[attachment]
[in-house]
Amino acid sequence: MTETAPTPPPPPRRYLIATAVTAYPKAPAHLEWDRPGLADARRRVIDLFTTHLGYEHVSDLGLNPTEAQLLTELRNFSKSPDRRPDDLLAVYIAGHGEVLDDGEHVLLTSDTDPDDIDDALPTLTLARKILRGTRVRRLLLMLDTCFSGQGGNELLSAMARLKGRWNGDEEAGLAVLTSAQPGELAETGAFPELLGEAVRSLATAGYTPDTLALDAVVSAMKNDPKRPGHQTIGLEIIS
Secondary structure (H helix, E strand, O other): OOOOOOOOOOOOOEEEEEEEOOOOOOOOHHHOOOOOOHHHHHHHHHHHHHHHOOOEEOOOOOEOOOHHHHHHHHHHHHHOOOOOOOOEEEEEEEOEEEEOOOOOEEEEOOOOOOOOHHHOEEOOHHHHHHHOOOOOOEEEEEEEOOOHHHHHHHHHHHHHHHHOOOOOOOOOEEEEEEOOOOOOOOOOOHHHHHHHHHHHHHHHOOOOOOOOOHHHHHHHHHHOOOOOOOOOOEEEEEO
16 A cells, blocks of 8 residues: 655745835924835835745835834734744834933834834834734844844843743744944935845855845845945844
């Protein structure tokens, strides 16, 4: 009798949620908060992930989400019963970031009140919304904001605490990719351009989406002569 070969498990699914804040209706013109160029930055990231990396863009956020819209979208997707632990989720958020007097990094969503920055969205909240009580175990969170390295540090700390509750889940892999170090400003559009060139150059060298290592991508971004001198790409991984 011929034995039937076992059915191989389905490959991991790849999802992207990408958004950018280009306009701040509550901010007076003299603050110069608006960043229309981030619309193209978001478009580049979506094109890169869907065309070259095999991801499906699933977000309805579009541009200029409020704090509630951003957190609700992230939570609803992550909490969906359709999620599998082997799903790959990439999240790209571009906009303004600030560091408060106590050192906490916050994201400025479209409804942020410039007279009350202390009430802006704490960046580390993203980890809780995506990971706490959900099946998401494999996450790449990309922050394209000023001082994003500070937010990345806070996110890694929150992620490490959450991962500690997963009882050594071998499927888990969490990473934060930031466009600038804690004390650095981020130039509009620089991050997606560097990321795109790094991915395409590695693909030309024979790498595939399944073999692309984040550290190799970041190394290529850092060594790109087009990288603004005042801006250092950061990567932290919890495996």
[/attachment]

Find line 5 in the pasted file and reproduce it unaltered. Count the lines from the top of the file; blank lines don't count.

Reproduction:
């Protein structure tokens, strides 16, 4: 009798949620908060992930989400019963970031009140919304904001605490990719351009989406002569 070969498990699914804040209706013109160029930055990231990396863009956020819209979208997707632990989720958020007097990094969503920055969205909240009580175990969170390295540090700390509750889940892999170090400003559009060139150059060298290592991508971004001198790409991984 011929034995039937076992059915191989389905490959991991790849999802992207990408958004950018280009306009701040509550901010007076003299603050110069608006960043229309981030619309193209978001478009580049979506094109890169869907065309070259095999991801499906699933977000309805579009541009200029409020704090509630951003957190609700992230939570609803992550909490969906359709999620599998082997799903790959990439999240790209571009906009303004600030560091408060106590050192906490916050994201400025479209409804942020410039007279009350202390009430802006704490960046580390993203980890809780995506990971706490959900099946998401494999996450790449990309922050394209000023001082994003500070937010990345806070996110890694929150992620490490959450991962500690997963009882050594071998499927888990969490990473934060930031466009600038804690004390650095981020130039509009620089991050997606560097990321795109790094991915395409590695693909030309024979790498595939399944073999692309984040550290190799970041190394290529850092060594790109087009990288603004005042801006250092950061990567932290919890495996």